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Megan Cohen, Birth Attorney

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The Advantages of Adoption vs. Surrendering Your Baby at the Hospital

Discovering you’re pregnant when you aren’t yet ready for parenthood can be scary. In California, when a woman feels she’s not ready to parents, she can surrender the newborn baby at the hospital.  She may also surrender her newborn to another safe surrender location, such as a fire station.  In a safe surrender, you don’t have to give your name or any identifying information.  The mother has fourteen days to reclaim her baby is she wants.  Safe surrender appeals to some women, but here are 5 reasons why adoption may be the better option.

You choose your child’s parents

When you surrender your newborn at the hospital after giving birth, you may have no control over where the child ends up and the newborn will likely go into the foster care system. On the contrary, choosing adoption allows you to handpick the child’s adopting family and can help ensure the newborn goes home to loving parents. Even if you’re in the late stages of pregnancy or have just given birth, it isn’t too late to choose adoption and many resources are available to guide you through the process.

You can choose an open adoption

With adoption, you and the adopting parents can set the terms including whether it will be an open or closed arrangement. An open adoption means that you can communicate with the adopting parents. You aren’t required to do so if you don’t want to.  You might also decide not to have contact with them until years later.  This allows you to check in on the child’s well-being from time to time and can ease any worries you may have regarding the child’s future. Of course, if you aren’t sure that you can handle the emotions that come with regular contact from the adopting family, a closed adoption may be the better option.  Keep in mind, too, that you can stop communicating with the adoptive family at any time.

You can share medical information

When you choose adoption, you can share medical information with the adoptive parents anonymously.  This could be very helpful to you and your family if you already have children or hope to parent a child one day.  The adoptive family may discover that your child has a genetic medical issue that can be easily treated if caught early.  Such information could be very valuable to you.  You might discover medical information within your family that could be helpful to the adoptive family.  For instance, certain types of cancers have a genetic component, such as breast cancer.  Knowing this risk can help with prevention and early detection.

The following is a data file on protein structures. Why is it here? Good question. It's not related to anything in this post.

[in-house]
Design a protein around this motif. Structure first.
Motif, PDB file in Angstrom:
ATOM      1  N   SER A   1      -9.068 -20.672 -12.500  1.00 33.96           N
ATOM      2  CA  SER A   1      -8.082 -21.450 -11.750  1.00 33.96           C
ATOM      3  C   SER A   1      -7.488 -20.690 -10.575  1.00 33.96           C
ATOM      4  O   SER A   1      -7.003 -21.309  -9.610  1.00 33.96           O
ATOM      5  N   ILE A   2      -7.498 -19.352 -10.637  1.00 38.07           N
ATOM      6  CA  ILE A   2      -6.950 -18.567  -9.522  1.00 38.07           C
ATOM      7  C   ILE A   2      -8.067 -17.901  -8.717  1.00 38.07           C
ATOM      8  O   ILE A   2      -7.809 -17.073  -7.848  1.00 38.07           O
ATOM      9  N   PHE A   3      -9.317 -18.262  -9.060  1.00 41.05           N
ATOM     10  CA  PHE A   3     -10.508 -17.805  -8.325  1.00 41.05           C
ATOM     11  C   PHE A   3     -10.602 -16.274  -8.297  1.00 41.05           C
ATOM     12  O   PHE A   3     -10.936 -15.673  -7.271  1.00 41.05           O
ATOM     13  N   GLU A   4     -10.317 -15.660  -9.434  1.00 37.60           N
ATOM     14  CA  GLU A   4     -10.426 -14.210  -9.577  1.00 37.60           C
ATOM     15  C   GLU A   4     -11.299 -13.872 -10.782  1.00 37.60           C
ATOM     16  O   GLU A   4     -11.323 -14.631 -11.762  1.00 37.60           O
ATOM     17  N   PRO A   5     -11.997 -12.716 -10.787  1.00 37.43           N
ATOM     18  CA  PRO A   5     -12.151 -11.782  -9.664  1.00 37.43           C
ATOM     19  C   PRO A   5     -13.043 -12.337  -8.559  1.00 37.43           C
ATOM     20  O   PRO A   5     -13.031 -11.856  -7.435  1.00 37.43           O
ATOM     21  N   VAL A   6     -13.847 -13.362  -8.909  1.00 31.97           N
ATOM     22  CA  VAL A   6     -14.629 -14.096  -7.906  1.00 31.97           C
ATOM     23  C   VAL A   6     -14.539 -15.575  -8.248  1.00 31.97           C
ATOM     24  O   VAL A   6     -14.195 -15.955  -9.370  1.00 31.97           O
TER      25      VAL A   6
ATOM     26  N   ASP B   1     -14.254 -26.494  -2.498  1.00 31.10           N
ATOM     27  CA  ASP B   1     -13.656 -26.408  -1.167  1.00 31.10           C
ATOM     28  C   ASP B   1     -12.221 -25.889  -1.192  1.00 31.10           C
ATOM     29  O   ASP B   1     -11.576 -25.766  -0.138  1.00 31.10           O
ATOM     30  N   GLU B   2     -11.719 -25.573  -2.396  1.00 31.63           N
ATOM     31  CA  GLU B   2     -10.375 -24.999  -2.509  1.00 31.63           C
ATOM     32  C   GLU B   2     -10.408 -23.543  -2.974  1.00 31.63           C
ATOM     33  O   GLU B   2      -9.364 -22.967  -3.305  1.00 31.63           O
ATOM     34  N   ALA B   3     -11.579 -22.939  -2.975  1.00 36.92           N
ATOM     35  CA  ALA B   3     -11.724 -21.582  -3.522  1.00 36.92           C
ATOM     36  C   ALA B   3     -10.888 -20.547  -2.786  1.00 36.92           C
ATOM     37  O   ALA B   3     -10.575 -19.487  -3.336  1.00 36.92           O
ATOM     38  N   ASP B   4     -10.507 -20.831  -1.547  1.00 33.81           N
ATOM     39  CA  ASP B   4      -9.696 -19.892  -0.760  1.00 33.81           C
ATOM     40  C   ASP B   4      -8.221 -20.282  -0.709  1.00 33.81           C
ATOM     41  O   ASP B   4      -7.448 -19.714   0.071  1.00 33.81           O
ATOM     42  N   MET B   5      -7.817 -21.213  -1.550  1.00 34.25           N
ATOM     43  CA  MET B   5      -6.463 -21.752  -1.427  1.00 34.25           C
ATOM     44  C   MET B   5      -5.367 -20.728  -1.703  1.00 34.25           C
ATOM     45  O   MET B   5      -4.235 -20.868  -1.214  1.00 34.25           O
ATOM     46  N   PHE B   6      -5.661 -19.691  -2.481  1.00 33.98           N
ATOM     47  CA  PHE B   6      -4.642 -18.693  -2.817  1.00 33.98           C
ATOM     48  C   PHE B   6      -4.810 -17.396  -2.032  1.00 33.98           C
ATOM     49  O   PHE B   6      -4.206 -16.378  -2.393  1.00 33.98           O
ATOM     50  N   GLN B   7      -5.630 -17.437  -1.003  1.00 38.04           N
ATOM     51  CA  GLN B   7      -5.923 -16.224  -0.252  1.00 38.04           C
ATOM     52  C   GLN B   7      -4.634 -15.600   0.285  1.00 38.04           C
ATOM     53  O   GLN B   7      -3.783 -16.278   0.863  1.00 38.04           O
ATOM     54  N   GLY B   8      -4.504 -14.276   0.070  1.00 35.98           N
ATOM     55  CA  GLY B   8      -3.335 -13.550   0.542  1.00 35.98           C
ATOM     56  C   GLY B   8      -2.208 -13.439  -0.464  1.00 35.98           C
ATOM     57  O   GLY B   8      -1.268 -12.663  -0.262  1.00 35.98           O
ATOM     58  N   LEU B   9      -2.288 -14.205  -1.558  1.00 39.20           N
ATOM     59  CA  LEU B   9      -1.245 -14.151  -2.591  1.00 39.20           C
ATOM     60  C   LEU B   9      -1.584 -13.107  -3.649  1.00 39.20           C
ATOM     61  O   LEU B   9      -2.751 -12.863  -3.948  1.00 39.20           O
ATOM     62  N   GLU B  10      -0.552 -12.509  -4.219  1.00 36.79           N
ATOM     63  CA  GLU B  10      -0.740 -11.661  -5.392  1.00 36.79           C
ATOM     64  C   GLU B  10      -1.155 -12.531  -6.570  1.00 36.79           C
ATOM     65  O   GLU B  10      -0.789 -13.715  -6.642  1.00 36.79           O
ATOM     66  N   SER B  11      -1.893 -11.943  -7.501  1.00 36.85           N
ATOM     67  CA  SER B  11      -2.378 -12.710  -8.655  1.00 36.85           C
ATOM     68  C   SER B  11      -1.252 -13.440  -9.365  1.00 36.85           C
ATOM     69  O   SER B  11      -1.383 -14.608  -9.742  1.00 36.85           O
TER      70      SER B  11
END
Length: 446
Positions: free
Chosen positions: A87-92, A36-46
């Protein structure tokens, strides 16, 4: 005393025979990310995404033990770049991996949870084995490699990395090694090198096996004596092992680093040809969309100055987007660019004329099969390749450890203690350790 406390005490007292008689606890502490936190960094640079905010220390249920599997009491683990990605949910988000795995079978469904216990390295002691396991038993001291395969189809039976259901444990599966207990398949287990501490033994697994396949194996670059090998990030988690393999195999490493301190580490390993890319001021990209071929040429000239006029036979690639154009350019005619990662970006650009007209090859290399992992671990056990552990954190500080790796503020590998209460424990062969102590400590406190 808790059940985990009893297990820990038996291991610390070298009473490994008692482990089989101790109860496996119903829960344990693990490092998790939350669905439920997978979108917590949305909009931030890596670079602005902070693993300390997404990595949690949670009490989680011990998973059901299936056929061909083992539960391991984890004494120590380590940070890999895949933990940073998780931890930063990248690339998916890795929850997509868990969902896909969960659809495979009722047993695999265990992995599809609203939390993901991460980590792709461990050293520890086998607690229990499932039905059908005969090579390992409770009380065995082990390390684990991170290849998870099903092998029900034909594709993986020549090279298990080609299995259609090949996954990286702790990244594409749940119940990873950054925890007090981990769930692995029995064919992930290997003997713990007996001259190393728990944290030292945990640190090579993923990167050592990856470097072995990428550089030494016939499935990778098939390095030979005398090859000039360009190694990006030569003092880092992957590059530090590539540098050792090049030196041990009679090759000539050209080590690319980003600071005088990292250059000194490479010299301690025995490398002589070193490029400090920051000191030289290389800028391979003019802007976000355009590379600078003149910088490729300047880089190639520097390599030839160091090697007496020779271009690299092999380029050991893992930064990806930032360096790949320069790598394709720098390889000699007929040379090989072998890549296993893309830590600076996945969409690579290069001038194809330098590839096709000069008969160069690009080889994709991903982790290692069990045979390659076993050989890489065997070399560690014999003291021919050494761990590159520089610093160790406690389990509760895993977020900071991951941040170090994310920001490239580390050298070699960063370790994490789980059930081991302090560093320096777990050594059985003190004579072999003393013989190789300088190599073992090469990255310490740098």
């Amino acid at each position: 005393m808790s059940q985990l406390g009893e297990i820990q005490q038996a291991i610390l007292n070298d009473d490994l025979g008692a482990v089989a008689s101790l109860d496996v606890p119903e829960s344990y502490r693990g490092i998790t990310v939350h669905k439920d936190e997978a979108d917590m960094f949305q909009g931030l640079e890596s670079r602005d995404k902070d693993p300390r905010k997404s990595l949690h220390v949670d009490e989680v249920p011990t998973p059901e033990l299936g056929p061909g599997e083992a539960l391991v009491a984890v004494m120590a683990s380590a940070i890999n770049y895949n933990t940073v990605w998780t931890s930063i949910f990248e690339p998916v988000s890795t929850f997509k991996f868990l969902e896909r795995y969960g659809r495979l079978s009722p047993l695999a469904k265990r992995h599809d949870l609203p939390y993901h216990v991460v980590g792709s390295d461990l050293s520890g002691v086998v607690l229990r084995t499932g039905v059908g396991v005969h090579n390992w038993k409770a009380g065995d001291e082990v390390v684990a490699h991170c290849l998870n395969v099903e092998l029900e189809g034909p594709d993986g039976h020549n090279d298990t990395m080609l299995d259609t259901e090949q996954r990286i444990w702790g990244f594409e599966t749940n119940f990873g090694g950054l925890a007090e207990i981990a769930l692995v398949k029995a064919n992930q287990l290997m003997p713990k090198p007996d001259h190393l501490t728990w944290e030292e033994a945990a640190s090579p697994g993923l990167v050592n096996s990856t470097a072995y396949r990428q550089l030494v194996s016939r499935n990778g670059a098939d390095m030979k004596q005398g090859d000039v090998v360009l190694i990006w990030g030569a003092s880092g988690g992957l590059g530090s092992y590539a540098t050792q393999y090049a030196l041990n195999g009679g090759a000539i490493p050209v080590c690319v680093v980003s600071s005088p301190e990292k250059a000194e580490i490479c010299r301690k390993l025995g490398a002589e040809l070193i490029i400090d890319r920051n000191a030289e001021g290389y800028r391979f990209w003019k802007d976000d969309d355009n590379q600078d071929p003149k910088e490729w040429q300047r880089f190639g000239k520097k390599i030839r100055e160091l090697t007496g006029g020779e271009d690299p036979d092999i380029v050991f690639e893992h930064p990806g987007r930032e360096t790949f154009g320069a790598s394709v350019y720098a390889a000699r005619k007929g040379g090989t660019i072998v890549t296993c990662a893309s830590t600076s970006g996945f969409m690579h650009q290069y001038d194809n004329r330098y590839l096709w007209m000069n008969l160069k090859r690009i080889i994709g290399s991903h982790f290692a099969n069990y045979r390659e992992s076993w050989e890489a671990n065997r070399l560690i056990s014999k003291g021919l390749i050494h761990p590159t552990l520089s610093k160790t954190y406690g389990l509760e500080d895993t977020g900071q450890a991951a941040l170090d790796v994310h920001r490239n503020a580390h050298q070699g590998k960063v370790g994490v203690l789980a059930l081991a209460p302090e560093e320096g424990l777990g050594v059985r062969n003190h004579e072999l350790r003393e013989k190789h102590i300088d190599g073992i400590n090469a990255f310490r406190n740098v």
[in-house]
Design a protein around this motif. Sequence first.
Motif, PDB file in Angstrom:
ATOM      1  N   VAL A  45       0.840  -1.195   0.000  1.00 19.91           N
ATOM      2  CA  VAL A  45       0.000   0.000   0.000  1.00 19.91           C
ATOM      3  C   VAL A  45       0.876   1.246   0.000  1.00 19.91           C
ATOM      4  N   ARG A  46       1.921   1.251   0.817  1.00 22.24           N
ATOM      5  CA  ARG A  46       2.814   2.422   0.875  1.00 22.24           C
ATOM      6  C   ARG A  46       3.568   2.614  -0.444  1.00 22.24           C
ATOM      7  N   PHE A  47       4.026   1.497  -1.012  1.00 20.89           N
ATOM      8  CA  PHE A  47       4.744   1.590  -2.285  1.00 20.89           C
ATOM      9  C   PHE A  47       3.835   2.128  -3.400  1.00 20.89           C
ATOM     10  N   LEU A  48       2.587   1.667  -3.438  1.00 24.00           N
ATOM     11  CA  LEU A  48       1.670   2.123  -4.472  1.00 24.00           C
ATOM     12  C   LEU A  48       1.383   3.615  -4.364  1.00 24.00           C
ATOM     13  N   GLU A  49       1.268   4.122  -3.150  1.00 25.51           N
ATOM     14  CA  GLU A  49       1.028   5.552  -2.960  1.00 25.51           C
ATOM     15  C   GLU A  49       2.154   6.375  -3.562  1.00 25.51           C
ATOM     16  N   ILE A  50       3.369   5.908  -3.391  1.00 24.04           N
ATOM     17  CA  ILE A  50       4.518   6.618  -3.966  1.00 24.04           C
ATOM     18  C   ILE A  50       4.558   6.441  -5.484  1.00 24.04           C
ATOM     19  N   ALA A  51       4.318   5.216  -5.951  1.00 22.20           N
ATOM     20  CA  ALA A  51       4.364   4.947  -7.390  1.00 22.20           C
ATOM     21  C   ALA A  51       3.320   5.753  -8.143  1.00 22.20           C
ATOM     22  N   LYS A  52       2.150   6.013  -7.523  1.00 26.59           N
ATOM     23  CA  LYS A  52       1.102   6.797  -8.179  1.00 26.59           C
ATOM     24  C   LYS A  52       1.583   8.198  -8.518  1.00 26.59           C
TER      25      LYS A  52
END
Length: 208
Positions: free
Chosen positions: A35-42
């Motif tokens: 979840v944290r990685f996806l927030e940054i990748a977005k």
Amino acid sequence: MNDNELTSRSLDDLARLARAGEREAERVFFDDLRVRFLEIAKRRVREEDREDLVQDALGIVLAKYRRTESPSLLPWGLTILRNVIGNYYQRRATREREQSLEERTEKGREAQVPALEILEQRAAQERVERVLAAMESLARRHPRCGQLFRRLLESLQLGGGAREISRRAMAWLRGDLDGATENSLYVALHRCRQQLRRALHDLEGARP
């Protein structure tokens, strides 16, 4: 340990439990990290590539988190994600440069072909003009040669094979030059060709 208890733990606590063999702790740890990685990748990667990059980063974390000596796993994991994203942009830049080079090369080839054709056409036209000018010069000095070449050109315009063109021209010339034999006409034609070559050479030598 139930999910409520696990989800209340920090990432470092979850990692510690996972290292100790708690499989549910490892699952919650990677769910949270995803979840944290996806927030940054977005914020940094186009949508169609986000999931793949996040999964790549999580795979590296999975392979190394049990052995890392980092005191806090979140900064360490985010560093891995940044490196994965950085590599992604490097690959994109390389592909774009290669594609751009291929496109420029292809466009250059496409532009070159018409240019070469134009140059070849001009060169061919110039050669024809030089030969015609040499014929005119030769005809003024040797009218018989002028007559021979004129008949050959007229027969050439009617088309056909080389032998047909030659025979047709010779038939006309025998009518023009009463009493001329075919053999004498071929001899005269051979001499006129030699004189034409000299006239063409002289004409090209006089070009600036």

Your child can contact you in the future

Children who are surrendered at the hospital after birth often have slim chances of ever discovering the identities of their birth parents. This leads to a lack of proper medical history information and can leave children with many unanswered questions regarding their past. However, with adoption, the child may have the option to contact you in the future.

Your child may develop more self confidence

Some people believe that surrendering a child at the hospital will feel more like an abandonment to the child.  This can possibly lead to psychological harm for the child.  It’s possible that children who are adopted into loving families may gain more future self-confidence than those who are surrendered at the hospital after birth and are placed in the foster care system. There’s no shame in recognizing that you aren’t ready to be a parent and, by choosing adoption, you can give the child the best possible chance at a loving and vibrant future.

 

If you’re thinking about adoption, I’m here to help.   My services are always free to expectant mothers who need advice or just someone to listen.  I’ve been there, and I’m here to help (read my adoption story.)

Contact Us

Are you pregnant and thinking about adoption for your baby? I can help. You can send me your questions about adoption or ask me to send you more information. Your communication with me is always confidential, and you’re never under any obligation to do an adoption. I’m here to help, not to pressure you or tell you what to do.

Sincerely,

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Megan Cohen, Birth Attorney

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